Alan sat back down. His voice softened slightly. ‘You just seem to have a knack for rattling cages, Oonagh.’

‘Really?’ She swallowed hard. ‘Well, I’d rather rattle a few cages than rattle my jewellery like the rest of the twats in here!’ She jabbed her thumb behind her in the direction of the production office.

‘Why are you so… so angry?’

‘I’m not angry.’ It was only a half-lie; she was more furious than angry.

‘Oonagh, forget that I’m your boss for a moment.’ Alan’s choice of weapon when he needed to remind Oonagh who was in charge. Her back stiffened again but she gave him a weak smile. ‘Can I talk to you as a friend?’ Clearly he really meant business. ‘How’s the love life?’ That came from left field and threw her off guard.

‘Good job you’re asking as a friend and not as my boss, Alan. I’m sure you’ve just broken at least three employment laws right there.’

He ignored the jibe. ‘You’re a lovely-looking girl, Oonagh.’ He was really putting the boot in now. ‘It’s a shame to see you on your own.’

‘I know. Sad, isn’t it? I’ve got a T-shirt with Great Looks – Shite Personality on the front.’ Oonagh sat back and crossed her legs. ‘Are we here to talk about when I was last laid or why that little prick Ross isn’t getting anywhere near my programme?’

Alan ignored her. ‘He thought one of the Big Brother team would be perfect. Really appeal to the—’

‘Big Brother? What the fuck’s that about?’

‘Oonagh, it’s one of the biggest-rating shows on television. It’d be a real coup to have the winner co-present—’

She couldn’t stomach this. ‘Please tell me this is a joke. And a bad one at that.’

Alan put both phones down, a sure sign he meant business. ‘You’re a bit out of touch, Oonagh. If we’ve a hope in hell’s chance of getting sponsors we need to widen our demographic.’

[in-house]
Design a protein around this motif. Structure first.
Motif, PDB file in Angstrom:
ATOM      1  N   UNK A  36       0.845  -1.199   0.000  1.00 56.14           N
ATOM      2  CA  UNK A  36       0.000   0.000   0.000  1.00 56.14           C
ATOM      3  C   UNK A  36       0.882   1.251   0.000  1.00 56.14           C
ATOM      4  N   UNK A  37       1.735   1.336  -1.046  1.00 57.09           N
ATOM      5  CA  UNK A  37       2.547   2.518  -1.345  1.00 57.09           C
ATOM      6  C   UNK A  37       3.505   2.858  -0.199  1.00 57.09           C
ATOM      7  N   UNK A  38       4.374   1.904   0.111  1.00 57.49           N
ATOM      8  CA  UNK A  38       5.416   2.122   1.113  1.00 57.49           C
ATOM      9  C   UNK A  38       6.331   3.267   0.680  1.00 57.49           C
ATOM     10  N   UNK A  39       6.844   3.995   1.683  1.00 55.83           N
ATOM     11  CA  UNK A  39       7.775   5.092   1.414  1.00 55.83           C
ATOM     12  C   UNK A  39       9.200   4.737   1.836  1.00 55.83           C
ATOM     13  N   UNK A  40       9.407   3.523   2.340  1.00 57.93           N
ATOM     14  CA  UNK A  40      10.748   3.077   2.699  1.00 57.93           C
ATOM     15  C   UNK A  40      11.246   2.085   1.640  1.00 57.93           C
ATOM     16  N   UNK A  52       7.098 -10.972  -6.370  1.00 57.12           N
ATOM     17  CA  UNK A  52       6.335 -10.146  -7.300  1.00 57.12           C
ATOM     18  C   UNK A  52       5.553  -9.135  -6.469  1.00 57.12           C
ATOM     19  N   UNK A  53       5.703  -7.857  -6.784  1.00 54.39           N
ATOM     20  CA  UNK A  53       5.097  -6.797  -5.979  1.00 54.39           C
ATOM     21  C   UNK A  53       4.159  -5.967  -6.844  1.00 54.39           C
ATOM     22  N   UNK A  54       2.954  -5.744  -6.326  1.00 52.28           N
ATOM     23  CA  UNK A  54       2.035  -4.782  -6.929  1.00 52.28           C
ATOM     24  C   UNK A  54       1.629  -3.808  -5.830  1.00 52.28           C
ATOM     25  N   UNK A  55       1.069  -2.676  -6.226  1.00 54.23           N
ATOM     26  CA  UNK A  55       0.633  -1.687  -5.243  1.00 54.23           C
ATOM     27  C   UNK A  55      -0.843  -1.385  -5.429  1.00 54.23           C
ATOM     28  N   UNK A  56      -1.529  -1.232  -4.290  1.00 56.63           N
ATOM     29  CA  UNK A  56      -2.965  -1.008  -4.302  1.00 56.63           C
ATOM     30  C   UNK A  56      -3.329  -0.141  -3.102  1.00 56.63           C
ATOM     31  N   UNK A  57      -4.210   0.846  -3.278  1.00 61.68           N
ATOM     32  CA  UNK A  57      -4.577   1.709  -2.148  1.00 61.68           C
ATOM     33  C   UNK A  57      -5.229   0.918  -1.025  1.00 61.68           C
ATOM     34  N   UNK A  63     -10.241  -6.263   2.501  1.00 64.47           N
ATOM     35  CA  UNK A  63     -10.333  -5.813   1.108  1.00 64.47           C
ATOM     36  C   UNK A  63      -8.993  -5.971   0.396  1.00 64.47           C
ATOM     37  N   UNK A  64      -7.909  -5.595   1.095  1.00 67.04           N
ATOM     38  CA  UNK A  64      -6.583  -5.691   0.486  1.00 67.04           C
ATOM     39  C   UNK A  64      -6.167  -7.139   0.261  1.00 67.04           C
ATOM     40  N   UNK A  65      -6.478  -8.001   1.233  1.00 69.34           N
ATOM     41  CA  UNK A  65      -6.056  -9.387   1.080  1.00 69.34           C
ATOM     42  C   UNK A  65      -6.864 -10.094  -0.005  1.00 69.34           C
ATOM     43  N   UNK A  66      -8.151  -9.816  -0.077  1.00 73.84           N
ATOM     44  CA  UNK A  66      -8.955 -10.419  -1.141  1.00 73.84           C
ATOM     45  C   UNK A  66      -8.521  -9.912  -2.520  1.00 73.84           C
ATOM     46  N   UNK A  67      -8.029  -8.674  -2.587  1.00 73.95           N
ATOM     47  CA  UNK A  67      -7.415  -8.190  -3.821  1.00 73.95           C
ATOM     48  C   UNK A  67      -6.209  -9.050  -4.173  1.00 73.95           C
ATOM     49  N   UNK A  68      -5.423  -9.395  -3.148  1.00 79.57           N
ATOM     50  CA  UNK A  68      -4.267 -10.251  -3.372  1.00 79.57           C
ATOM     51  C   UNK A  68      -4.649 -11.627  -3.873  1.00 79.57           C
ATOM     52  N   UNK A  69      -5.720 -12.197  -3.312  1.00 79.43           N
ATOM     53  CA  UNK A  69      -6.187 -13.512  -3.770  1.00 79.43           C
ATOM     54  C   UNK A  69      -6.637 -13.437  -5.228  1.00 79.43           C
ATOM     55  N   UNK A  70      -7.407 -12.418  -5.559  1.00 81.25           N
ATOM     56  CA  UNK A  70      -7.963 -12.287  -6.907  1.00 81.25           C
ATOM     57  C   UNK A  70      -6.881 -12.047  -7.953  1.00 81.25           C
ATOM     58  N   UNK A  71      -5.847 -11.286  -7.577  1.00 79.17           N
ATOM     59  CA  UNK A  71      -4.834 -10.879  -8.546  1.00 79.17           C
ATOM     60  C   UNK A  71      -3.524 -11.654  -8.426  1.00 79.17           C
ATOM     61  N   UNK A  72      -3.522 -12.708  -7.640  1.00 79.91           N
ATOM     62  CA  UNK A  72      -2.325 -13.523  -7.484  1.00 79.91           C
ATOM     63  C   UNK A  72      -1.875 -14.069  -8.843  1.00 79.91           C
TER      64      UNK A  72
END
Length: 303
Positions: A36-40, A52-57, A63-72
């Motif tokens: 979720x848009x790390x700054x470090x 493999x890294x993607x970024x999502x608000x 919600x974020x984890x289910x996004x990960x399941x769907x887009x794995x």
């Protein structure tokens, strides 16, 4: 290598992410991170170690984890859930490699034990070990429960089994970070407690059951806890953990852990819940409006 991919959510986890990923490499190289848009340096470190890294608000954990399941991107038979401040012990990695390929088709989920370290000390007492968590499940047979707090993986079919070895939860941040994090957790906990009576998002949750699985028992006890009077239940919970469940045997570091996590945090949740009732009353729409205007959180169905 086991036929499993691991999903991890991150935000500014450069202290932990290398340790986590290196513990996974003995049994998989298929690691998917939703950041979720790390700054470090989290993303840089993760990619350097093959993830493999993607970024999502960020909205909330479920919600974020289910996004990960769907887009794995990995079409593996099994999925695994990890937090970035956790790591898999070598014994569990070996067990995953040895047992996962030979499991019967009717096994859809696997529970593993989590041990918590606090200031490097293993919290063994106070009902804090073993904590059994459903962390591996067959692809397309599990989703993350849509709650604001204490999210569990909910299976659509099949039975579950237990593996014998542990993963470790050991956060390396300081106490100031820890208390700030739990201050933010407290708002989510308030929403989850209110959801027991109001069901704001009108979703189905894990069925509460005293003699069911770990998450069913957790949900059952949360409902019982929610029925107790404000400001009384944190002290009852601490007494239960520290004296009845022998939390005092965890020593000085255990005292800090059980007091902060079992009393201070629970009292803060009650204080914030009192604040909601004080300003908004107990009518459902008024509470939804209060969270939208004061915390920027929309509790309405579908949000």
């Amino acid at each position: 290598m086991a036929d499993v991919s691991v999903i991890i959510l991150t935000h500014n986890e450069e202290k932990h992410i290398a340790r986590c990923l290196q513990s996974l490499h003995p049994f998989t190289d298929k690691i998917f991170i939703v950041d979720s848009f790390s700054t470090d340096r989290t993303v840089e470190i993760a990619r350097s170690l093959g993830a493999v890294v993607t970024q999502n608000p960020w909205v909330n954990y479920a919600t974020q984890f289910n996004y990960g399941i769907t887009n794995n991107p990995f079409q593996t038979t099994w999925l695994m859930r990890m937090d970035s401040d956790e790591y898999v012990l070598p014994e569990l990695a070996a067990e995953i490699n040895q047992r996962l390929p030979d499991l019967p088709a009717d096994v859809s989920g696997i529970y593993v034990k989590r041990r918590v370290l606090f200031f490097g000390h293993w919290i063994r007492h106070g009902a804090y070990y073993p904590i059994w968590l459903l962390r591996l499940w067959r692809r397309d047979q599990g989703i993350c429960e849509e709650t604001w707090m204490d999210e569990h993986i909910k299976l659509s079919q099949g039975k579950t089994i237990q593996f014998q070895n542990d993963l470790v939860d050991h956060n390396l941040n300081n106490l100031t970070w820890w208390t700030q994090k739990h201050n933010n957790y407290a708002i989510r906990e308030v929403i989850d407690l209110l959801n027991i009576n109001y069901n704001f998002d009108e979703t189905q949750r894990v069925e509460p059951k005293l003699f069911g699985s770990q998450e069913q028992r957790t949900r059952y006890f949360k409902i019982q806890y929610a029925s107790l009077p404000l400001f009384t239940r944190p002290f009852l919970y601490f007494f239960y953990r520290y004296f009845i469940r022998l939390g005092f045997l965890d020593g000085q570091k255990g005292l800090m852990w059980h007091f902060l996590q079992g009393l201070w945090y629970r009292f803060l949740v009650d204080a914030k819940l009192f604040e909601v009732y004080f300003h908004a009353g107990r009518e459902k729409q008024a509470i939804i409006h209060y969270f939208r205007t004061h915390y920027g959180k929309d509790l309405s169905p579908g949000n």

Oonagh realised she was losing this particular battle and changed tactics. ‘Alan, you’re right, you’ve got a knack of knowing what works on screen. No, I’m not against the idea in principle. It’s just, well, I’m not sure, Alan, I just feel…’ She wasn’t sure how to get out of this one and had to think on her feet. ‘Right. OK, I’ll come clean. We’re too far into this series to make any vital changes.’ She was furious but refused to let it show. She didn’t even have a schedule together and was still mulling around ideas in her head. But she wasn’t going to let that petty wee fat bastard Ross muscle in on her act.

‘Oh?’ Alan lit a cigarette and looked up with interest. ‘I hadn’t realised you’d got so far into it. What’s the theme?’

Shit. Oonagh threaded a strand of hair behind her ear. ‘Women Who Kill.’ The words were out of her mouth before she knew what she was saying.

Alan leaned forward, a hint of a smile playing on his lips. ‘Carry on.’



Theresa Talbot is a BBC broadcaster and freelance producer. A former radio news editor, she also hosted The Beechgrove Potting Shed on BBC Radio Scotland, but for many she will be most familiar as the voice of the station’s Traffic & Travel.

Late 2014 saw the publication of her first book, This Is What I Look Like, a humorous memoir covering everything from working with Andy Williams to rescuing chickens and discovering nuns hidden in gardens. She’s much in demand at book festivals, both as an author and as a chairperson.